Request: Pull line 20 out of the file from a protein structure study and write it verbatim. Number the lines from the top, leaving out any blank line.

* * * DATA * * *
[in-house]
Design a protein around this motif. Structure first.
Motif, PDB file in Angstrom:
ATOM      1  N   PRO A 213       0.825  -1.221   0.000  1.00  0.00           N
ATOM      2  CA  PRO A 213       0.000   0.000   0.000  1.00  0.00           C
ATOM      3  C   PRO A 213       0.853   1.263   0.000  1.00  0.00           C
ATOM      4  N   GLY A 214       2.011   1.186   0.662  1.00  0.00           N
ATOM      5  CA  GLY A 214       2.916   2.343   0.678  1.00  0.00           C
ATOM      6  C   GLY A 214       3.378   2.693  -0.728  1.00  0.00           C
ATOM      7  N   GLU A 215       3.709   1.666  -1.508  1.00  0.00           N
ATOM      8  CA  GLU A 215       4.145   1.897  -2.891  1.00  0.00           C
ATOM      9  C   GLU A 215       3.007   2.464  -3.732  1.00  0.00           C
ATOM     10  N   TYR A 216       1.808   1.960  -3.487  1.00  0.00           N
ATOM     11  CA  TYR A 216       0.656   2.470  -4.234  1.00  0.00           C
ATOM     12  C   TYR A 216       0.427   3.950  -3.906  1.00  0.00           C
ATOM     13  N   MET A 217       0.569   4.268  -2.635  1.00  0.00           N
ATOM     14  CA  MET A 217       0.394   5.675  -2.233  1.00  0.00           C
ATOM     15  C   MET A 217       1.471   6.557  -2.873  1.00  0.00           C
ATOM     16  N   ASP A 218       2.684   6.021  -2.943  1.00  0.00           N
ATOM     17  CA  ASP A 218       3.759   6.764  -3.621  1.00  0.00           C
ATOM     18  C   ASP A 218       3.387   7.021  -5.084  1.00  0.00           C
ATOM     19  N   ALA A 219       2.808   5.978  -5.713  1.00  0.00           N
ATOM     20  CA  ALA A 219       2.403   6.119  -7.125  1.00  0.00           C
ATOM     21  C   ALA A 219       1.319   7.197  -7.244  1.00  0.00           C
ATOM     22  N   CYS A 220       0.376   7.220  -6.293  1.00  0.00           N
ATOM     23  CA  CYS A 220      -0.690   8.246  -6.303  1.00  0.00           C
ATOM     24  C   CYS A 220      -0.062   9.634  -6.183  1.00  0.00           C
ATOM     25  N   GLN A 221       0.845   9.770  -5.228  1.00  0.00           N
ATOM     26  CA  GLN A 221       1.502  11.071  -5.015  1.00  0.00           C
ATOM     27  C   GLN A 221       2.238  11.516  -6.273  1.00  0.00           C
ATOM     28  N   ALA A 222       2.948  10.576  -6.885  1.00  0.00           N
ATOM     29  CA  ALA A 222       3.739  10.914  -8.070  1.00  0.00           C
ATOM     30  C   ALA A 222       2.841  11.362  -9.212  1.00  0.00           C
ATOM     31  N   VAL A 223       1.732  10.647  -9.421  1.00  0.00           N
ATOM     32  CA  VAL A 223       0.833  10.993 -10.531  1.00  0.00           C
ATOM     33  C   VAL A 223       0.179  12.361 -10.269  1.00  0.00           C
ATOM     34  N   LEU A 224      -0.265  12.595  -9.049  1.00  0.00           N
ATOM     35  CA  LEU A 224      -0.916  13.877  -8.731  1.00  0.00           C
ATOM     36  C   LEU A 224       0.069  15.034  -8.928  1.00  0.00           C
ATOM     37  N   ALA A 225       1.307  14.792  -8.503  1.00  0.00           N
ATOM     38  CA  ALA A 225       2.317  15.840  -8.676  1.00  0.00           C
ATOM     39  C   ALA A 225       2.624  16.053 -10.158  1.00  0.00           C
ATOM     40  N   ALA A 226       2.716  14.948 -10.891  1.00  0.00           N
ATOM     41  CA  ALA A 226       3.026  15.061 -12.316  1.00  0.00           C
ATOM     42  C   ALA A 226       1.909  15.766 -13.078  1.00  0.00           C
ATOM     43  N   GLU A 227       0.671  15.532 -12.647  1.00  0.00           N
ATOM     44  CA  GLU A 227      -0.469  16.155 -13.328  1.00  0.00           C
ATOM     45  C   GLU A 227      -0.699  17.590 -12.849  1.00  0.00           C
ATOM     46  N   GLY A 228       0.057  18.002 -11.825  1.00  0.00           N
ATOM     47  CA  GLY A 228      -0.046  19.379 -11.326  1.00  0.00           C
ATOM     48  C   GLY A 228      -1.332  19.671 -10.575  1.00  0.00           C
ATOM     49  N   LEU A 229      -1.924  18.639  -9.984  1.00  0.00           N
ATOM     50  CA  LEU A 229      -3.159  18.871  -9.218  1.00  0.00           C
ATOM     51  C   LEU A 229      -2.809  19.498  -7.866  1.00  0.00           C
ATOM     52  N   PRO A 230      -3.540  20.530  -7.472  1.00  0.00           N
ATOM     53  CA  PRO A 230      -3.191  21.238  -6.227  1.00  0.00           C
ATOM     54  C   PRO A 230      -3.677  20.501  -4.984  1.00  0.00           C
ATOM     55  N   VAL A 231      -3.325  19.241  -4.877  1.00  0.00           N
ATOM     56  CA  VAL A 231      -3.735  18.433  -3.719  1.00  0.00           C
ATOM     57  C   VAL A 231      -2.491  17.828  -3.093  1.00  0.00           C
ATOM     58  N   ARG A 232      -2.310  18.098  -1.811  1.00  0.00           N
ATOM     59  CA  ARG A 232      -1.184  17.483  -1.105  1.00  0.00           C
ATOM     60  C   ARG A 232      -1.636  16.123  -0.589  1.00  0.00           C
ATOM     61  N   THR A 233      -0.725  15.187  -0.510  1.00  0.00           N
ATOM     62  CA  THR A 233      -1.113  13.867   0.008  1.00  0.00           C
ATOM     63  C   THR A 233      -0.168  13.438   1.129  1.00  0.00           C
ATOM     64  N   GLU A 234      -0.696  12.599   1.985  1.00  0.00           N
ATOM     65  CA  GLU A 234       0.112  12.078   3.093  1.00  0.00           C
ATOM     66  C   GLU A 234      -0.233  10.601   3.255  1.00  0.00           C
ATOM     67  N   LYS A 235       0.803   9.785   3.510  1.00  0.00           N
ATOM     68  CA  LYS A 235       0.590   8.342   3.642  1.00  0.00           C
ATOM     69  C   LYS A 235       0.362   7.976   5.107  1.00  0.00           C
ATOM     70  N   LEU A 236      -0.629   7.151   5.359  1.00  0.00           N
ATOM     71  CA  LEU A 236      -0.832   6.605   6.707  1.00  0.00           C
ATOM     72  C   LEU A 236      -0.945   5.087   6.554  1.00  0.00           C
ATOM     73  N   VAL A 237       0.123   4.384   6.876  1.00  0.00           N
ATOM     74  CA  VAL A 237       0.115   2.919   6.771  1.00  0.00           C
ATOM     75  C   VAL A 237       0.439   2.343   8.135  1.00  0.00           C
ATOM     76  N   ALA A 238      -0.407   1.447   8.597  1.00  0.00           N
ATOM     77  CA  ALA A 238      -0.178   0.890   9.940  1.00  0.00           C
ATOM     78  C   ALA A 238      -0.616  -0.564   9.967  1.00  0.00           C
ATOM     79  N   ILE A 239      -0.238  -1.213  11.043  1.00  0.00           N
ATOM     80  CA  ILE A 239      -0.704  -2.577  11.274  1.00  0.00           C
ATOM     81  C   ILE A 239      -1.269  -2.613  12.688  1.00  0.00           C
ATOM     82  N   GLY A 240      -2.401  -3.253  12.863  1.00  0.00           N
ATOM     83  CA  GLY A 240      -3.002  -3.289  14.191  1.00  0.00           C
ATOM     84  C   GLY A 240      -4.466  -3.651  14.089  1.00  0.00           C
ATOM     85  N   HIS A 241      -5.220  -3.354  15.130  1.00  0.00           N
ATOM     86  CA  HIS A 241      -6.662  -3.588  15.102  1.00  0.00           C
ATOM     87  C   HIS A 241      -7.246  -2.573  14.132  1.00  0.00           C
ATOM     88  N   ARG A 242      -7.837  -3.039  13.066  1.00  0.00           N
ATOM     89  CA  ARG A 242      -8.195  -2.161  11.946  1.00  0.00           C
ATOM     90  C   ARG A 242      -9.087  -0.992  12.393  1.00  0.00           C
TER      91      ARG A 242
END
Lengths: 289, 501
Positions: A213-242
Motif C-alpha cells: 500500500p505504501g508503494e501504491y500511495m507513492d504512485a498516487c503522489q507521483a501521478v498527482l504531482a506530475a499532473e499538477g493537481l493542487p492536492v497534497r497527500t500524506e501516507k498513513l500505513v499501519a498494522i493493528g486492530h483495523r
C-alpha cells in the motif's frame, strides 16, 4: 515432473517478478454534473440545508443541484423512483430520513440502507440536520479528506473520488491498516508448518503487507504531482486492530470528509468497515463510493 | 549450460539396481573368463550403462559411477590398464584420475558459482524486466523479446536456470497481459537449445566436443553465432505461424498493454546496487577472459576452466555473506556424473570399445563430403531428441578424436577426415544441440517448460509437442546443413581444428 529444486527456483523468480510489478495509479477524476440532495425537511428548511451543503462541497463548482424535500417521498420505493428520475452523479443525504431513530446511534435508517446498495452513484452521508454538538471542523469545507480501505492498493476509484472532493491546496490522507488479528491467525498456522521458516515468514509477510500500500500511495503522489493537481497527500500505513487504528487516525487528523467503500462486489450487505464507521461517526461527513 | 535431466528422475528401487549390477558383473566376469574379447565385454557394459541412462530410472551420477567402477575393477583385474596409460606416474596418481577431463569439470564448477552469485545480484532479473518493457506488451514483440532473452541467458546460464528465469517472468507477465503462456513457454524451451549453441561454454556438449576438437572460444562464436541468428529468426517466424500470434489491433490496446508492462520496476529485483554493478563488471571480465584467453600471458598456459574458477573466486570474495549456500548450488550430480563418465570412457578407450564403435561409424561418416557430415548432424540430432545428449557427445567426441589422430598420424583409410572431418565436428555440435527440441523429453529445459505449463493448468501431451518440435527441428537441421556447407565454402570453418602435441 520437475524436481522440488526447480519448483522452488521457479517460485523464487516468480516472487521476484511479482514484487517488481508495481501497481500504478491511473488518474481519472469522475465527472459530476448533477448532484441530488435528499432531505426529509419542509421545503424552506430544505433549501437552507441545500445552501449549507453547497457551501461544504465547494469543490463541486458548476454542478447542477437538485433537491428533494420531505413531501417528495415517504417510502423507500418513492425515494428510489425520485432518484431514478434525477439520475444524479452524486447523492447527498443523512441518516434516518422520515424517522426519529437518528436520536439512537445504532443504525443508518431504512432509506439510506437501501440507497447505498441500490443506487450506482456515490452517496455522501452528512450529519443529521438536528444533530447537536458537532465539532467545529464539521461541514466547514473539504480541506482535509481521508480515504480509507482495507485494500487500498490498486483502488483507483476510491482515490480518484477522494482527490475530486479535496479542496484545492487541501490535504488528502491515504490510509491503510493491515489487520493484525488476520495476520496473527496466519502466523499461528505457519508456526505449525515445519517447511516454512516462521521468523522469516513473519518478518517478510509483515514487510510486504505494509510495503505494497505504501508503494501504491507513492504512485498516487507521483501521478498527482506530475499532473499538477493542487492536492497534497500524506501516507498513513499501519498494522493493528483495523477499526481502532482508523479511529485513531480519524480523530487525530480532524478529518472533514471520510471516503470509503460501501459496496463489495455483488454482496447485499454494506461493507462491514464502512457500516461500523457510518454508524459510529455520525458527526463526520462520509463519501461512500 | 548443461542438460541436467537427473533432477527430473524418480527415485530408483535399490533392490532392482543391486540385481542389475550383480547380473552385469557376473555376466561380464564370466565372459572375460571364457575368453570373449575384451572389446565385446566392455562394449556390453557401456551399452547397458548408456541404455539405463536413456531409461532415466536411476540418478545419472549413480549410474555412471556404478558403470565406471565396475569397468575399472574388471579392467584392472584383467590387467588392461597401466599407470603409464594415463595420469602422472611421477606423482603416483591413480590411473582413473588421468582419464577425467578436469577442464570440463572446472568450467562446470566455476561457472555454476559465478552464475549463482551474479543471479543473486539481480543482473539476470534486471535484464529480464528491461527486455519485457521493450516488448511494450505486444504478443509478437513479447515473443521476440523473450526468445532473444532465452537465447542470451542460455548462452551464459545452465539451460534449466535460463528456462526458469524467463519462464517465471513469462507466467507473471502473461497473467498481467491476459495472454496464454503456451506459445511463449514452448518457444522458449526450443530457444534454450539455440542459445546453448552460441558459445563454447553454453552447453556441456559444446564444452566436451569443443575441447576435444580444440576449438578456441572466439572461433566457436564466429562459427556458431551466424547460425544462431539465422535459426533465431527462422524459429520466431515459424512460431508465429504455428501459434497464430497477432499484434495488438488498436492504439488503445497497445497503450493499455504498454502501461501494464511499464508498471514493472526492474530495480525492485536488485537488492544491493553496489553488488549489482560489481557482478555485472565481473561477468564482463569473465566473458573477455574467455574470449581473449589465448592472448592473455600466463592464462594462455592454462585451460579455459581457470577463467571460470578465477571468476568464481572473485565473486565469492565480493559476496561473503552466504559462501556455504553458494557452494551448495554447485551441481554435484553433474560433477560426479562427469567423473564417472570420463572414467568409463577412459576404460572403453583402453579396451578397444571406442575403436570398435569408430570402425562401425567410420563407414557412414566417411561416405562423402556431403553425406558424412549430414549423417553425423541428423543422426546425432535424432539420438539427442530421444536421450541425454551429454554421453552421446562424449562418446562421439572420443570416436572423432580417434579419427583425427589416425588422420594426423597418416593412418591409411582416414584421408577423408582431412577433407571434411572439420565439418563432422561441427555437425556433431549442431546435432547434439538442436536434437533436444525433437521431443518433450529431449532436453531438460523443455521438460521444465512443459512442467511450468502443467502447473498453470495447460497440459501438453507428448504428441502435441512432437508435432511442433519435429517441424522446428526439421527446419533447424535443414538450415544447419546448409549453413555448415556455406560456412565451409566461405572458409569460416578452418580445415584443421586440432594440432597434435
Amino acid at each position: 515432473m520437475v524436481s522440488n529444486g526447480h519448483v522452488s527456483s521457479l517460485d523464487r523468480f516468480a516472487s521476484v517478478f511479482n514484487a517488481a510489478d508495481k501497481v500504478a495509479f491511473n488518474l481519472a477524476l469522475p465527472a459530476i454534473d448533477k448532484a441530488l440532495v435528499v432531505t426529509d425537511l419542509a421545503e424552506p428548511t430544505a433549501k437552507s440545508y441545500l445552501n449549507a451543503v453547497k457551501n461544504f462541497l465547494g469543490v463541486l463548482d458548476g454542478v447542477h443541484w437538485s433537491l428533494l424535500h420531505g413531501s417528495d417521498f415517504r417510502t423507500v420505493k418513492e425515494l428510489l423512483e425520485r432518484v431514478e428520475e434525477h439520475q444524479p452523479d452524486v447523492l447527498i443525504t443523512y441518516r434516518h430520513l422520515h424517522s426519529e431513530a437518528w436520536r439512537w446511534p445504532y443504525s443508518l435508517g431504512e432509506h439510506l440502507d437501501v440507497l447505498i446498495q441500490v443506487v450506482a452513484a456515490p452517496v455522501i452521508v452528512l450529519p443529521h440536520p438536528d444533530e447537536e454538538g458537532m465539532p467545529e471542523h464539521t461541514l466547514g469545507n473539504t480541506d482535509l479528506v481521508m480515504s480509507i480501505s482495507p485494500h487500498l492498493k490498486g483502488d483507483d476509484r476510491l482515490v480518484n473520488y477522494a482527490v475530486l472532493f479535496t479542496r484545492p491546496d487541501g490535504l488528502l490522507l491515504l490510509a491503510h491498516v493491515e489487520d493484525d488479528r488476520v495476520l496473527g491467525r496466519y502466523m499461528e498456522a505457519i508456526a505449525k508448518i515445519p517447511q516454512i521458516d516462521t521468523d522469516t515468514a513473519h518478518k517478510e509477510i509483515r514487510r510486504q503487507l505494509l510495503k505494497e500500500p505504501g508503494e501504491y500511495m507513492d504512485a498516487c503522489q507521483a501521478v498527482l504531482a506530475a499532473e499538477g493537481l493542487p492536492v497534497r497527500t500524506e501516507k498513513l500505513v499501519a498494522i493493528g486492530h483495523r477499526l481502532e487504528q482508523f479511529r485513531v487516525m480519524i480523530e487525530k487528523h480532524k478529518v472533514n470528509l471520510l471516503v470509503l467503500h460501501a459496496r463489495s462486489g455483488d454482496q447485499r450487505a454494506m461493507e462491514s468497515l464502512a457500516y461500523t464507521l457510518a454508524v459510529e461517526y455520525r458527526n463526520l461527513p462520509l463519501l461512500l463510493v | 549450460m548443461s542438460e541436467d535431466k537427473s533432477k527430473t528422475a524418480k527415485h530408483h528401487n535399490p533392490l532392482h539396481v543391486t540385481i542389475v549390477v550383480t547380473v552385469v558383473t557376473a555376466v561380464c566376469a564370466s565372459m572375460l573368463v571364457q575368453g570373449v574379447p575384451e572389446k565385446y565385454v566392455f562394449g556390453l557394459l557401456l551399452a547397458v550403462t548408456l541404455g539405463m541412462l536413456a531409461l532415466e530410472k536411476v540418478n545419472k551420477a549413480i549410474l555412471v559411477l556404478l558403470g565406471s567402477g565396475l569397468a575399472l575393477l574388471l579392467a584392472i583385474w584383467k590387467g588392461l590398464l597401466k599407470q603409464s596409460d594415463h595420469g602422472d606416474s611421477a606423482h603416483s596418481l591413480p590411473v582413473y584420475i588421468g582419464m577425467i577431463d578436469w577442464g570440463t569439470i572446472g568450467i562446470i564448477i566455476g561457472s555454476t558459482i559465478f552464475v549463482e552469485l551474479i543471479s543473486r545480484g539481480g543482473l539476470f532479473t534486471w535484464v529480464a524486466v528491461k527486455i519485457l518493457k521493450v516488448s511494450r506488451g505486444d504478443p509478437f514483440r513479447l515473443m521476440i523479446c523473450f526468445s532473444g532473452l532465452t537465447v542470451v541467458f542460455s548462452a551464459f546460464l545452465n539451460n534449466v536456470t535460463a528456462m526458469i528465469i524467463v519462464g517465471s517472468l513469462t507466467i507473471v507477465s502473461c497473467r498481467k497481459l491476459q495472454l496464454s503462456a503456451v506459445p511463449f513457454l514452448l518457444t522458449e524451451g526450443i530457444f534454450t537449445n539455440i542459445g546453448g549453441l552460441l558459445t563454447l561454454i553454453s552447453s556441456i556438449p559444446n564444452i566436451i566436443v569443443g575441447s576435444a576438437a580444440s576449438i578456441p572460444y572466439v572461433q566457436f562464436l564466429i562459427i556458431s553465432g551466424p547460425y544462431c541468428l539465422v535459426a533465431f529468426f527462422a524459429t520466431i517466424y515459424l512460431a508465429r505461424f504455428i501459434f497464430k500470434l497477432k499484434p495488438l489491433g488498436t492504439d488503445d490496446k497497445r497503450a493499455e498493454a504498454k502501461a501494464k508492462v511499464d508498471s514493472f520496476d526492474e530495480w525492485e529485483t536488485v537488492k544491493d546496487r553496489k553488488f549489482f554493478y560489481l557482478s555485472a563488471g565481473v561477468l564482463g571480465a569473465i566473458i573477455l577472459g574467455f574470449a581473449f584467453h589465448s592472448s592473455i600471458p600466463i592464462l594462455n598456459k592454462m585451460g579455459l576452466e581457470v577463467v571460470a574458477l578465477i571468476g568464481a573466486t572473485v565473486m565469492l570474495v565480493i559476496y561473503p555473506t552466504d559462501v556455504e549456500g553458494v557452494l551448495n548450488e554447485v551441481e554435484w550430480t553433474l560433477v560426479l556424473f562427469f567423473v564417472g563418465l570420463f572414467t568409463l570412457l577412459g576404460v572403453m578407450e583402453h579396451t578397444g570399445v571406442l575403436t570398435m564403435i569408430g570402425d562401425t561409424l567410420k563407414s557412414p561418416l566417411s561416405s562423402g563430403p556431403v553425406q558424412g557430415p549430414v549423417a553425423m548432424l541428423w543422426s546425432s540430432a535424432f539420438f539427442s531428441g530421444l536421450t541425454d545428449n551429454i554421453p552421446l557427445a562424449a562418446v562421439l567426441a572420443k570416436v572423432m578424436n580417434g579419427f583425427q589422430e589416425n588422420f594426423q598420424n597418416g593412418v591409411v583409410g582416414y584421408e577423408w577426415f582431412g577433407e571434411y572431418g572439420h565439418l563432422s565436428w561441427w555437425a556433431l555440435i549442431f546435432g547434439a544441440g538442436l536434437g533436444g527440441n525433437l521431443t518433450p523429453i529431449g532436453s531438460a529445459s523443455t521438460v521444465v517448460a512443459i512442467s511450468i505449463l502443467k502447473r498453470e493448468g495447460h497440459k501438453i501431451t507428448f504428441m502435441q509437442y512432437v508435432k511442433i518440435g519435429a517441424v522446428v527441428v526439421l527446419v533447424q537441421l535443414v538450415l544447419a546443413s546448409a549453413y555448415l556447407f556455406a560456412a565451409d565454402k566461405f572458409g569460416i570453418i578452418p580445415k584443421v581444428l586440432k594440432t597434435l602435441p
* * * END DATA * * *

ATOM     17  CA  ASP A 218       3.759   6.764  -3.621  1.00  0.00           C